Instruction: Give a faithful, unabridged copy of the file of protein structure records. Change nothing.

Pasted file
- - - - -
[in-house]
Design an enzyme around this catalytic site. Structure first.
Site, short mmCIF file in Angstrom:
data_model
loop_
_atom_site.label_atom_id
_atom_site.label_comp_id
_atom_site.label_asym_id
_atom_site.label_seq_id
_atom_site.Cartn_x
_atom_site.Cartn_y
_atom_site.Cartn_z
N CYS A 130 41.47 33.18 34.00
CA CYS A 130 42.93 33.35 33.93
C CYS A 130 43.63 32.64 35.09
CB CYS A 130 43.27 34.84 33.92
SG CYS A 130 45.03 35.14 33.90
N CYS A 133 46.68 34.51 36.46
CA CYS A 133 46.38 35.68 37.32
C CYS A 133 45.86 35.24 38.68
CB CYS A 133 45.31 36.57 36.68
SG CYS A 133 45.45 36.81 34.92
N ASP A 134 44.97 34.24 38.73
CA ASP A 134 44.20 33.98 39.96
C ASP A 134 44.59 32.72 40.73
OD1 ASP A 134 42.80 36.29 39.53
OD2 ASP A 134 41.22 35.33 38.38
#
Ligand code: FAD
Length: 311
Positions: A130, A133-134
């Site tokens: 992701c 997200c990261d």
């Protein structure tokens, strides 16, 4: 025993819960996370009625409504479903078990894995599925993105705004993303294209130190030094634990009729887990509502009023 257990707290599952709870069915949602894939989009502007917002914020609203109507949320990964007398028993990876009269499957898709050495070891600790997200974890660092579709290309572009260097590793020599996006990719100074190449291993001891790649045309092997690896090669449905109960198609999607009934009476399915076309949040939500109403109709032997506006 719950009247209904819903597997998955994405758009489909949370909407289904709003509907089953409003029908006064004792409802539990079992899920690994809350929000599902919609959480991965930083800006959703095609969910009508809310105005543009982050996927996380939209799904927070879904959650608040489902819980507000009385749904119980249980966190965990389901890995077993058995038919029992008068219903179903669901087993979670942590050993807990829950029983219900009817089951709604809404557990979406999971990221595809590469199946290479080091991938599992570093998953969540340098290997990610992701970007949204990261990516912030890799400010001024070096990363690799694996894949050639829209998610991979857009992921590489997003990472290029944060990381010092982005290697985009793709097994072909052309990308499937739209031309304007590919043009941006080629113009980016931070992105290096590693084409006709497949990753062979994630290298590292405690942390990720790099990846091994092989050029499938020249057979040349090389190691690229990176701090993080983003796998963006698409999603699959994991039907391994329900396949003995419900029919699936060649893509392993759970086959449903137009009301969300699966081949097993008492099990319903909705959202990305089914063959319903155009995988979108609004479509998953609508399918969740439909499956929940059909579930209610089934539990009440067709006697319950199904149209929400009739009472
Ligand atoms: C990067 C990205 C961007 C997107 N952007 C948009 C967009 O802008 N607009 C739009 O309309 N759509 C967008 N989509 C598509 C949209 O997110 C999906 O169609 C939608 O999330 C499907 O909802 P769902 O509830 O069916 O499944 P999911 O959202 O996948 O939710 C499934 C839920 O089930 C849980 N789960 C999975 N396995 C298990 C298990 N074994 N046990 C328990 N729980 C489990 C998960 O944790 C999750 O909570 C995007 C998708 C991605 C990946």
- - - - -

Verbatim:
[in-house]
Design an enzyme around this catalytic site. Structure first.
Site, short mmCIF file in Angstrom:
data_model
loop_
_atom_site.label_atom_id
_atom_site.label_comp_id
_atom_site.label_asym_id
_atom_site.label_seq_id
_atom_site.Cartn_x
_atom_site.Cartn_y
_atom_site.Cartn_z
N CYS A 130 41.47 33.18 34.00
CA CYS A 130 42.93 33.35 33.93
C CYS A 130 43.63 32.64 35.09
CB CYS A 130 43.27 34.84 33.92
SG CYS A 130 45.03 35.14 33.90
N CYS A 133 46.68 34.51 36.46
CA CYS A 133 46.38 35.68 37.32
C CYS A 133 45.86 35.24 38.68
CB CYS A 133 45.31 36.57 36.68
SG CYS A 133 45.45 36.81 34.92
N ASP A 134 44.97 34.24 38.73
CA ASP A 134 44.20 33.98 39.96
C ASP A 134 44.59 32.72 40.73
OD1 ASP A 134 42.80 36.29 39.53
OD2 ASP A 134 41.22 35.33 38.38
#
Ligand code: FAD
Length: 311
Positions: A130, A133-134
């Site tokens: 992701c 997200c990261d």
């Protein structure tokens, strides 16, 4: 025993819960996370009625409504479903078990894995599925993105705004993303294209130190030094634990009729887990509502009023 257990707290599952709870069915949602894939989009502007917002914020609203109507949320990964007398028993990876009269499957898709050495070891600790997200974890660092579709290309572009260097590793020599996006990719100074190449291993001891790649045309092997690896090669449905109960198609999607009934009476399915076309949040939500109403109709032997506006 719950009247209904819903597997998955994405758009489909949370909407289904709003509907089953409003029908006064004792409802539990079992899920690994809350929000599902919609959480991965930083800006959703095609969910009508809310105005543009982050996927996380939209799904927070879904959650608040489902819980507000009385749904119980249980966190965990389901890995077993058995038919029992008068219903179903669901087993979670942590050993807990829950029983219900009817089951709604809404557990979406999971990221595809590469199946290479080091991938599992570093998953969540340098290997990610992701970007949204990261990516912030890799400010001024070096990363690799694996894949050639829209998610991979857009992921590489997003990472290029944060990381010092982005290697985009793709097994072909052309990308499937739209031309304007590919043009941006080629113009980016931070992105290096590693084409006709497949990753062979994630290298590292405690942390990720790099990846091994092989050029499938020249057979040349090389190691690229990176701090993080983003796998963006698409999603699959994991039907391994329900396949003995419900029919699936060649893509392993759970086959449903137009009301969300699966081949097993008492099990319903909705959202990305089914063959319903155009995988979108609004479509998953609508399918969740439909499956929940059909579930209610089934539990009440067709006697319950199904149209929400009739009472
Ligand atoms: C990067 C990205 C961007 C997107 N952007 C948009 C967009 O802008 N607009 C739009 O309309 N759509 C967008 N989509 C598509 C949209 O997110 C999906 O169609 C939608 O999330 C499907 O909802 P769902 O509830 O069916 O499944 P999911 O959202 O996948 O939710 C499934 C839920 O089930 C849980 N789960 C999975 N396995 C298990 C298990 N074994 N046990 C328990 N729980 C489990 C998960 O944790 C999750 O909570 C995007 C998708 C991605 C990946």